Planning a gene therapy clinical trial for X-linked retinitis pigmentosa

Research details

  • Type of funding: Project Grant
  • Grant Holder: Professor Michel Michaelides
  • Institute: UCL Institute of Ophthalmology
  • Region: London
  • Start date: October 2015
  • End Date: March 2019
  • Priority: Early detection
  • Eye Category: Inherited retinal


X-linked retinitis pigmentosa (XLRP) is a severe inherited condition that leads to legal blindness by age 40. Symptoms start with night blindness, usually before the age of 10 and progress to losing peripheral (side) vision and finally central, detailed vision.

XLRP is due to a fault on the X chromosome, usually in a gene named RPGR. At the moment there is no cure, but researchers are planning to do clinical trials of gene therapy in the next 3-5 years. The idea is to engineer a safe virus to carry a healthy version of the gene into cells, replacing the faulty gene.

So in this study the team is collecting the information they need to plan the clinical trial well. They are following 60 people with XLRP due to a faulty RPGR gene for 3 years. The aim is to find out about how the exact genetic fault each individual has affects how their XLRP develops. For example, do some faults mean the condition progresses faster?

At the end of the project the team should have a clear idea of which people could benefit most from gene therapy. They’ll also know more about when the best time for treatment is and about the most useful ways to measure whether the treatment is working. The results will also help patients to have better genetic counselling about how the condition might affect them and their family.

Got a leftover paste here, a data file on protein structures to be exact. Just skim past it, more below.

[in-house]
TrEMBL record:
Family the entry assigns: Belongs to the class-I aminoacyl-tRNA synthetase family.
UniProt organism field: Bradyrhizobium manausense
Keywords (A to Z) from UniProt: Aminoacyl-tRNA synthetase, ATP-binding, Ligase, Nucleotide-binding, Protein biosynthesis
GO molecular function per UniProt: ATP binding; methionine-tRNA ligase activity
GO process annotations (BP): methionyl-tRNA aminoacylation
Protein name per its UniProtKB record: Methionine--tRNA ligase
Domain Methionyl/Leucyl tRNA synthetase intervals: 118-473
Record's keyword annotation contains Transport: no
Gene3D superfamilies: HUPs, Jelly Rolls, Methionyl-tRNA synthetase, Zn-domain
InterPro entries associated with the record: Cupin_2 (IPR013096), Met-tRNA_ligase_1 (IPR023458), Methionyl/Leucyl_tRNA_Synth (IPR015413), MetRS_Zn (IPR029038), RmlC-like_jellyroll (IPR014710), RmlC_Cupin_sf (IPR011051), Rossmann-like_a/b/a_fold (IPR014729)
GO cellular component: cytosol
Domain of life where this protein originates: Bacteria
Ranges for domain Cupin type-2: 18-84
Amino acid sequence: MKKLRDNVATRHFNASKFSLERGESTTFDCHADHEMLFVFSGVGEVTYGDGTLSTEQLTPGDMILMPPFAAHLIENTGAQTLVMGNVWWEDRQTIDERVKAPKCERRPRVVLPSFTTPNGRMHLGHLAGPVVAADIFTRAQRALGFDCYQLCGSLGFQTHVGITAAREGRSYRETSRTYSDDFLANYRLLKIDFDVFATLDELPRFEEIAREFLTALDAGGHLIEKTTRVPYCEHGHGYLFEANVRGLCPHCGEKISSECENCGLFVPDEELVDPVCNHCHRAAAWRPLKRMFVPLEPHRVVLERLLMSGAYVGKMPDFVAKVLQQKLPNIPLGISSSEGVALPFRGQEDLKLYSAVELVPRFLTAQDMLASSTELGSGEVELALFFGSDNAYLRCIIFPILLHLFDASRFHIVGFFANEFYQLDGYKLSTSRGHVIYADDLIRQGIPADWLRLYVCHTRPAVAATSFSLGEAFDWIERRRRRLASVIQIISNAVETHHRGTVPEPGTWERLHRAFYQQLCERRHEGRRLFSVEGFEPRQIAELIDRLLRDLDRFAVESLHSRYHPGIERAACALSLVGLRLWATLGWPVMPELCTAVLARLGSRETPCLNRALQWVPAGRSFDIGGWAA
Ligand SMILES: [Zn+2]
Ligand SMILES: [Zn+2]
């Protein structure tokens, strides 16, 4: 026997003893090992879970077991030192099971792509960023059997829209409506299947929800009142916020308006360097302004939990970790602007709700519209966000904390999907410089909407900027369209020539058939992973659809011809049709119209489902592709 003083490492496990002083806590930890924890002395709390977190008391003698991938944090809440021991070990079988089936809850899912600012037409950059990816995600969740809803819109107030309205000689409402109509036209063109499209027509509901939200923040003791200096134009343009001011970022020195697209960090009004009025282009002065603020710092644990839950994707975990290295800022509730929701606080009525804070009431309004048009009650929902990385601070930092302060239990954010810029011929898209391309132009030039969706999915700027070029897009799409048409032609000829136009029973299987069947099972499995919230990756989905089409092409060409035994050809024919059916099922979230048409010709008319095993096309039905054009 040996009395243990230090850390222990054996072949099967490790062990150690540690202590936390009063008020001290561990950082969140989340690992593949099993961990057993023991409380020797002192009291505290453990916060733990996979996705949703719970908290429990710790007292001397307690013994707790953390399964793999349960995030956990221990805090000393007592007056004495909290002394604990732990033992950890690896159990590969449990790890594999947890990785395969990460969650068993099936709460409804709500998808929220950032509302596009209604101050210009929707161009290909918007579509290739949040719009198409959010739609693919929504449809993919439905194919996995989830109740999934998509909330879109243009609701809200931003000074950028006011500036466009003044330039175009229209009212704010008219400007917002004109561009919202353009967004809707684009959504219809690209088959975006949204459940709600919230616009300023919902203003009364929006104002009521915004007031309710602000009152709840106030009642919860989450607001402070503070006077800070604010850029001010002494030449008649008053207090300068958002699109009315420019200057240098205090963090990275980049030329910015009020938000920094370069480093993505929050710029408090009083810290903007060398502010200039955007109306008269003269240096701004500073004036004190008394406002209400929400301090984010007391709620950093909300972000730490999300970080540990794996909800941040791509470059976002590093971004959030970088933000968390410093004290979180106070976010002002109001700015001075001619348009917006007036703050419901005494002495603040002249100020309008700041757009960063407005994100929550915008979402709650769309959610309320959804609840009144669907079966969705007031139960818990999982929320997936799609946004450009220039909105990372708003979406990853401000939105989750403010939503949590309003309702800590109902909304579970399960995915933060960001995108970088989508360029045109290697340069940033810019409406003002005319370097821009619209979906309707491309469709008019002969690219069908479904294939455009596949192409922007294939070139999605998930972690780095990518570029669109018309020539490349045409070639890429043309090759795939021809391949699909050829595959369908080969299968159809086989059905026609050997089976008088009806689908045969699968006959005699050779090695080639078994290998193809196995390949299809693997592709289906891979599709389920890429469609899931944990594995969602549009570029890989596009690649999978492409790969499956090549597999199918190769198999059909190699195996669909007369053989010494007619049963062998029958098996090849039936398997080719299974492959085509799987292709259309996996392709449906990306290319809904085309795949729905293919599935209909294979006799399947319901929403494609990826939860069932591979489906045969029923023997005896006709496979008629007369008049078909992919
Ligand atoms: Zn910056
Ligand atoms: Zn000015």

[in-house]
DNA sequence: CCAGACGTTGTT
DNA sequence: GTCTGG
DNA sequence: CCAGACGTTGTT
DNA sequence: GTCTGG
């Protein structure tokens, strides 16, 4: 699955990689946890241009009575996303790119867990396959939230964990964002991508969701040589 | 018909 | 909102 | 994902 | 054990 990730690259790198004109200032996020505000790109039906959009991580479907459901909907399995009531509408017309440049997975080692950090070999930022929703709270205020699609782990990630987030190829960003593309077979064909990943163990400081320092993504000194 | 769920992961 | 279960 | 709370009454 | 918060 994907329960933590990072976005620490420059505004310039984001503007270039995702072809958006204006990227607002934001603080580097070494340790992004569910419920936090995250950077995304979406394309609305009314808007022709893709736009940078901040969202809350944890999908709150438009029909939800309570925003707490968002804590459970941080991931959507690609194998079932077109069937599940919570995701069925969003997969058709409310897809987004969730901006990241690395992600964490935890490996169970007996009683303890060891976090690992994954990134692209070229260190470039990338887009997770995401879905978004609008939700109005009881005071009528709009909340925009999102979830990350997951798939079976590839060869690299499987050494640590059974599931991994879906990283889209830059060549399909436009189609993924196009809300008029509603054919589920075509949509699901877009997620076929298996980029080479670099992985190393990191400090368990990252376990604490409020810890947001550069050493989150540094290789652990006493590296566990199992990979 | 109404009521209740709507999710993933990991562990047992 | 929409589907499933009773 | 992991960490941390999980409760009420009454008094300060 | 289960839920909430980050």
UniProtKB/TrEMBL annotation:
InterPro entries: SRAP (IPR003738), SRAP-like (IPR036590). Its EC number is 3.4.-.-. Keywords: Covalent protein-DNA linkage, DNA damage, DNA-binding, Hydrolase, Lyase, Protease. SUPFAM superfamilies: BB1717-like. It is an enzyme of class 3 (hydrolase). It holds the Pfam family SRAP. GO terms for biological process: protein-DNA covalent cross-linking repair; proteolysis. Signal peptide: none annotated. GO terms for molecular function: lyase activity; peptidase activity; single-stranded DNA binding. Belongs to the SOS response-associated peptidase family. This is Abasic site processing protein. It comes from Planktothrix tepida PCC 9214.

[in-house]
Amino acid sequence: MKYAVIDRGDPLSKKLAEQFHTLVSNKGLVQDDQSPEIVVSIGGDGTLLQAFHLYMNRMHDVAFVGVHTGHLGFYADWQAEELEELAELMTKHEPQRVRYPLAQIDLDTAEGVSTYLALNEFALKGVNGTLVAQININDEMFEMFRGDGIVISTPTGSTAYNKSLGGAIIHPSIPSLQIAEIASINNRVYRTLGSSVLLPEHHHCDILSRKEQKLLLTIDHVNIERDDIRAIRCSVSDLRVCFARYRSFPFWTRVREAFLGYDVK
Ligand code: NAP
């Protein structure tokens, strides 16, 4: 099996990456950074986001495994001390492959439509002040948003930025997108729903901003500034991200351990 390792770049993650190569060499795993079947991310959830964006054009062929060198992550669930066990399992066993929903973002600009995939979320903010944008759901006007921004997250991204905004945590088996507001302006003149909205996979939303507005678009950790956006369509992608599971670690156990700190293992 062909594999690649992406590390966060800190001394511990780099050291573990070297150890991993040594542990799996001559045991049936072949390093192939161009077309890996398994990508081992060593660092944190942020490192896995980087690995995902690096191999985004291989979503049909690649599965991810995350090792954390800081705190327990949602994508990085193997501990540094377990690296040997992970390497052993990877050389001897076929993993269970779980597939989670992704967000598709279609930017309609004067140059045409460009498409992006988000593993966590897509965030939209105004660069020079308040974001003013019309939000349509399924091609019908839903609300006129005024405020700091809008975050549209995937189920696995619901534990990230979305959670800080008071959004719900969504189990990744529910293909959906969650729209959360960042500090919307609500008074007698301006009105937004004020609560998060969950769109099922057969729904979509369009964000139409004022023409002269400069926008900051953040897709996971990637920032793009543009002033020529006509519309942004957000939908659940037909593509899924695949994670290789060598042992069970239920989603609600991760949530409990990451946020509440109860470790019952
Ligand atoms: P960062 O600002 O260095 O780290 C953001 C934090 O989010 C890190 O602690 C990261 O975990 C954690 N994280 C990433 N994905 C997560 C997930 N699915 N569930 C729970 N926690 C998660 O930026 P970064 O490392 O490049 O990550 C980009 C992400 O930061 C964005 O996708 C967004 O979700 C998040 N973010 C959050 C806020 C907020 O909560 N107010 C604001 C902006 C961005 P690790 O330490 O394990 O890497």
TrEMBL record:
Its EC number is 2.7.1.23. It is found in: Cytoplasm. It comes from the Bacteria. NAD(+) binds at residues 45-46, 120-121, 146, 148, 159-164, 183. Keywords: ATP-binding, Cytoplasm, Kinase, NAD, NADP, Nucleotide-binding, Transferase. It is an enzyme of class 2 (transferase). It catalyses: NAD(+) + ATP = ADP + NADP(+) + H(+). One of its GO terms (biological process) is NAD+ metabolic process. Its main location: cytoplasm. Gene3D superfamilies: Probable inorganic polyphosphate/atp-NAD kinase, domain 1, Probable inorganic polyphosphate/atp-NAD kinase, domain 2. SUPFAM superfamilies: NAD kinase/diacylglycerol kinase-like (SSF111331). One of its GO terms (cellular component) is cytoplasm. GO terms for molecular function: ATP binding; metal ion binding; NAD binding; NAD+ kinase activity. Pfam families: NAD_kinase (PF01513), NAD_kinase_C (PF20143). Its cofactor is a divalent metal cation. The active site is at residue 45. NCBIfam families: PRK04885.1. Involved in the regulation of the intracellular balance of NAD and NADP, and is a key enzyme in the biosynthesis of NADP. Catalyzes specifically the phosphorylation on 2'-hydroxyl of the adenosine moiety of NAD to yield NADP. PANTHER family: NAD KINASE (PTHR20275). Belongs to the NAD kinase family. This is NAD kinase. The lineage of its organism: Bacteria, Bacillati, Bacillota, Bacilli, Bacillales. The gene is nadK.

• Scientific summary

    Assessing photoreceptor structure and function in X-linked RP associated with RPGR mutations using in-depth advanced phenotyping in preparation for planned therapeutic intervention.

    In preparation for planned gene replacement clinical trials in RPGR-associated retinitis pigmentosa (by this group led by Professor Robin Ali, and other groups around the world), which are anticipated in the next 3-5 years, the team is undertaking a detailed longitudinal clinical study with serial assessments of genetically proven patients.

    The aims of this study include: to identify patients who may be most suitable for therapeutic intervention; to establish the natural history and rates of progression; to identify the window of opportunity to intervene; and to determine the most sensitive and accurate measures of treatment effect.

    These aims are being achieved by using cutting-edge deep phenotyping technology to undertake structural and functional assessments including adaptive optics imaging and advanced analysis of retinal sensitivity measurements. This in-depth translational clinical study is a fundamental prerequisite to treatment trials being initiated.